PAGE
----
My first really real line following robot.
Crabby is my first really real robotic project. Anything else up to this point has been either following plans someone else wrote, or prototype robots with breadboards glued to zip ties.
The first step was to build a prototype robot, called Tridolph. With a successful proof of concept, Crabby was built to be more rugged, robust, speedier and all around more awesome.
Before I go any further, Crabby gets his name from his future costume. When my daughter first saw the unnamed robot wiggle across the floor with his wide wheel base and short stubby length, the name Crabby was born. “Someday soon” we’ll head off to the craft store, get some crab-ish materials and the name will be more self explanatory. For now, imagine a fun red cartoon crab scrambling along the floor.
A rudimentary algorithm worthy of his novice builder/daddy allows him to follow a line slightly better than a simple analog voltage comparator would allow, as in Sandwich. Building him has been an amazing experience, putting a cap on a 10 year on again, off again relationship with hobby electronics and robotics.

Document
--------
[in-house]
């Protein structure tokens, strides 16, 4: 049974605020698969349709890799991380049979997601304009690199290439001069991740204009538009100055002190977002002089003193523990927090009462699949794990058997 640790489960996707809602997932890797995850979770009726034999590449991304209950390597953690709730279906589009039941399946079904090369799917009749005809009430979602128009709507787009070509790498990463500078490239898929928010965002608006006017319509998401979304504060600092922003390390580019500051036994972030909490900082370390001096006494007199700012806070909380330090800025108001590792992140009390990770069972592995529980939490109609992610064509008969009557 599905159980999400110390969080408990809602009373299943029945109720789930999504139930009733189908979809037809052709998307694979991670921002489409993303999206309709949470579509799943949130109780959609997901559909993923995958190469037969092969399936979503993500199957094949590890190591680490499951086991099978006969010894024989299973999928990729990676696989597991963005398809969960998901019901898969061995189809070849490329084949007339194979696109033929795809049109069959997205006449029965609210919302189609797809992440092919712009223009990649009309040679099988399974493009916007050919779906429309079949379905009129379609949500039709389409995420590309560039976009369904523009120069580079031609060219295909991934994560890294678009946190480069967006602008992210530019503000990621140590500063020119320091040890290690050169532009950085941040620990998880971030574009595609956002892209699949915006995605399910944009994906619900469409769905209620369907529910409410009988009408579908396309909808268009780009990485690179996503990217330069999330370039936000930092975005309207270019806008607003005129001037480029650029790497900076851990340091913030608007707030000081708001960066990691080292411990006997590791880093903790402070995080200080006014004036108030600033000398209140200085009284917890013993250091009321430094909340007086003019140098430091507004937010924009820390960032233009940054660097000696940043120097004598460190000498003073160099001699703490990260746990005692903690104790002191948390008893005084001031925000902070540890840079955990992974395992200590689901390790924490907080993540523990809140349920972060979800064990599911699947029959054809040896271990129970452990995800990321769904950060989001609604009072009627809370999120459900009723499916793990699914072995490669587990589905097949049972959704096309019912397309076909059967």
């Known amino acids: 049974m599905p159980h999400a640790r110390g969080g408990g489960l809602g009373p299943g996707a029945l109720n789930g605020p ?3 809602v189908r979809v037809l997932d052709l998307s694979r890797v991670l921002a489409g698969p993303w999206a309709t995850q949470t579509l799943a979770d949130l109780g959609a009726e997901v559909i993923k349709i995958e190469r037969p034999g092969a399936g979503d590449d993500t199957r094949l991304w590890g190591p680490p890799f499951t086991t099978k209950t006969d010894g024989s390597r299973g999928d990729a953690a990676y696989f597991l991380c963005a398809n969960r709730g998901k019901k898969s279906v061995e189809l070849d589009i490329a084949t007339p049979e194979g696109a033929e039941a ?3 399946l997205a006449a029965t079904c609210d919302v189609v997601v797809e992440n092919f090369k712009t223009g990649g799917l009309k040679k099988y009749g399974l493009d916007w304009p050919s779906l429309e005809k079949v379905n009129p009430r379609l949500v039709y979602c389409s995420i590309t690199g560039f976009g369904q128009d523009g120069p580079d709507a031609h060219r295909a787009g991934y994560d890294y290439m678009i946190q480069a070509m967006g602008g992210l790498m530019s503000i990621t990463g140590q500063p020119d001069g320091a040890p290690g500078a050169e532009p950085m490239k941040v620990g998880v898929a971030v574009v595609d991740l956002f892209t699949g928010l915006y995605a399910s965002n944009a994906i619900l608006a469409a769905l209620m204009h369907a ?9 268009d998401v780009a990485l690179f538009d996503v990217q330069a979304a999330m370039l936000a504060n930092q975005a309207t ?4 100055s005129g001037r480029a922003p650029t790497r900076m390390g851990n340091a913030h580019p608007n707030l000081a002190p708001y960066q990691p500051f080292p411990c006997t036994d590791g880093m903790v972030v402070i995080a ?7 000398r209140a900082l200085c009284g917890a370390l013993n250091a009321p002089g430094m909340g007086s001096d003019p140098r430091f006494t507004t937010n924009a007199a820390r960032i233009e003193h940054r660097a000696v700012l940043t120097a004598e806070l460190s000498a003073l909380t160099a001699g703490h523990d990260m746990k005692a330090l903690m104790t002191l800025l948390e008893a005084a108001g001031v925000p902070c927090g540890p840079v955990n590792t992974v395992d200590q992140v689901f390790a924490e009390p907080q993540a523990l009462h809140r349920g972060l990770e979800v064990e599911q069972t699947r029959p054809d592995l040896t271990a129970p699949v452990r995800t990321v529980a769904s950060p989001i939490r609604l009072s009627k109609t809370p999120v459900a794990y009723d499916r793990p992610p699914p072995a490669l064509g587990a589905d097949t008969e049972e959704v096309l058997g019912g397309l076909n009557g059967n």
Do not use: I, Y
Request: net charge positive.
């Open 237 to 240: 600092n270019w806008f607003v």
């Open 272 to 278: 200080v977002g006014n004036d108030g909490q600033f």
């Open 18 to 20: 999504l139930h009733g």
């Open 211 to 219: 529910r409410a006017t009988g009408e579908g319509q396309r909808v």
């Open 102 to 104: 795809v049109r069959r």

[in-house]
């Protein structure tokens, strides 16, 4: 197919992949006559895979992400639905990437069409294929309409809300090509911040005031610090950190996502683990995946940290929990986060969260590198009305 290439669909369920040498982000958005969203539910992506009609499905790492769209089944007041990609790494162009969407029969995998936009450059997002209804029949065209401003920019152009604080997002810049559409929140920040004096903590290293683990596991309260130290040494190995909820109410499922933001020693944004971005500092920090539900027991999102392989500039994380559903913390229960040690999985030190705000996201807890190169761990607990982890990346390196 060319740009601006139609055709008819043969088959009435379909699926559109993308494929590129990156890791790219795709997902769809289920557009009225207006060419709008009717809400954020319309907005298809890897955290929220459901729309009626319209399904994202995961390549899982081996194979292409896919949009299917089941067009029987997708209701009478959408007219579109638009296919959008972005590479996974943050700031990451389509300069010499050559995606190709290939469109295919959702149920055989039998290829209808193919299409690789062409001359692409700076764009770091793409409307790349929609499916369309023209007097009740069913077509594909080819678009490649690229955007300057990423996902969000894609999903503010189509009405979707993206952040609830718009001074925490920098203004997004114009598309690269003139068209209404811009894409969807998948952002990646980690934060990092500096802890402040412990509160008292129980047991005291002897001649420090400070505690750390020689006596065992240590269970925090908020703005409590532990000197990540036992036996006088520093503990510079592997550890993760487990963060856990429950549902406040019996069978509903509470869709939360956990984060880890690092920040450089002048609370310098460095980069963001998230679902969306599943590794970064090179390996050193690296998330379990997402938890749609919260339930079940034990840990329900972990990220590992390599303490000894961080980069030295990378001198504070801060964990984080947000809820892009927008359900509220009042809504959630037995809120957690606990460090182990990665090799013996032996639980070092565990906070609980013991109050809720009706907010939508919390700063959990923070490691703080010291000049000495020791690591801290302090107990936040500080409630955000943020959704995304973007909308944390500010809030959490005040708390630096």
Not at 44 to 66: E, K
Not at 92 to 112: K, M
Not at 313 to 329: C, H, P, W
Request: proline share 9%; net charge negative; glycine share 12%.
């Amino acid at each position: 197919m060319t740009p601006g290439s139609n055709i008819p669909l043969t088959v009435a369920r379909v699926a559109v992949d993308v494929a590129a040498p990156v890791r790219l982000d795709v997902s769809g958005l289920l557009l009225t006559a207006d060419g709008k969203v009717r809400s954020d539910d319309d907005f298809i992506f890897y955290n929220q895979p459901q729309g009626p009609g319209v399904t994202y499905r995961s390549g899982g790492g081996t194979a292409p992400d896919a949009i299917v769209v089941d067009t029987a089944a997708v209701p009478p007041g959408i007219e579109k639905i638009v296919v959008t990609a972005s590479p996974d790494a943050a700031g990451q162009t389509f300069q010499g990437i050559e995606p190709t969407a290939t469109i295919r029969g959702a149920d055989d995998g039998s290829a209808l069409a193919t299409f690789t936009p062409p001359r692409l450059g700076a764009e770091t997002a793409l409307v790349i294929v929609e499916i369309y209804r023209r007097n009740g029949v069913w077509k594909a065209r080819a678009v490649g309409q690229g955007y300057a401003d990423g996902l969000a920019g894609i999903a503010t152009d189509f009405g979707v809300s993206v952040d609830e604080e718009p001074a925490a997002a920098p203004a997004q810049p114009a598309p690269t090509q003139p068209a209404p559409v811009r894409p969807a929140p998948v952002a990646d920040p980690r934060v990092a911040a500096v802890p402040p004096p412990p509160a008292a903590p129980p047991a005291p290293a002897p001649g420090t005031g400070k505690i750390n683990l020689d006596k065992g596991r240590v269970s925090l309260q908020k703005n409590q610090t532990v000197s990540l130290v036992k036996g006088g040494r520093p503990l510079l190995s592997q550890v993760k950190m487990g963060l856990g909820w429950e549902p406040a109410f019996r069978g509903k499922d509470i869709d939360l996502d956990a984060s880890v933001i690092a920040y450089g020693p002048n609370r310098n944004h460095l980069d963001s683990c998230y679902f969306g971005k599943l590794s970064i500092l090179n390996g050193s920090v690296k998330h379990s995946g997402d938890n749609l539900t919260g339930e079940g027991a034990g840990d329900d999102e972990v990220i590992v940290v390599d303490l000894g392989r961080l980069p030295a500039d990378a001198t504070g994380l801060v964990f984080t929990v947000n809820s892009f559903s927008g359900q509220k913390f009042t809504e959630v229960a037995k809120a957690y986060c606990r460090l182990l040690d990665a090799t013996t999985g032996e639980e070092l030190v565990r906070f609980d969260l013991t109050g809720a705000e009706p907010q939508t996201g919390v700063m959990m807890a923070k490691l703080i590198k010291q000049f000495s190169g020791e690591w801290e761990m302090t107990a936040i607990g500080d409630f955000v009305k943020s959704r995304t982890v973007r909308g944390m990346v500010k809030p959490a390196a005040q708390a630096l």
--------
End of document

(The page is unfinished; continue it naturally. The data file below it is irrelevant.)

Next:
The robot does not really have an actual “body”. The closest thing to a body is a single rectangular piece of plywood I got at a local hobby shop. The motor mounts, rear castor wheel, motherboard, and line sensor board all connect to the plywood body with 3mm screws. Standoffs create enough height between the motherboard and plywood to fit a LiPo battery, which is then held in position with a velcro strap.
This is the masterpiece, and the part that took the most time for me to create. I first tried to create the PCB layout in Robot Room Copper Connection (sadly does not exist anymore), got frustrated. Then tried to create in Fritzing, got frustrated.
Started over from scratch in Copper Connection, with 0.5 inch larger size in both dimensions, giving me more room to squeeze traces and space for drilling DYI vias for top-layer jumpers. Carefully went over every single trace a dozen times, ensuring no short circuits, and everything was mapped exactly as in the breadboard prototype.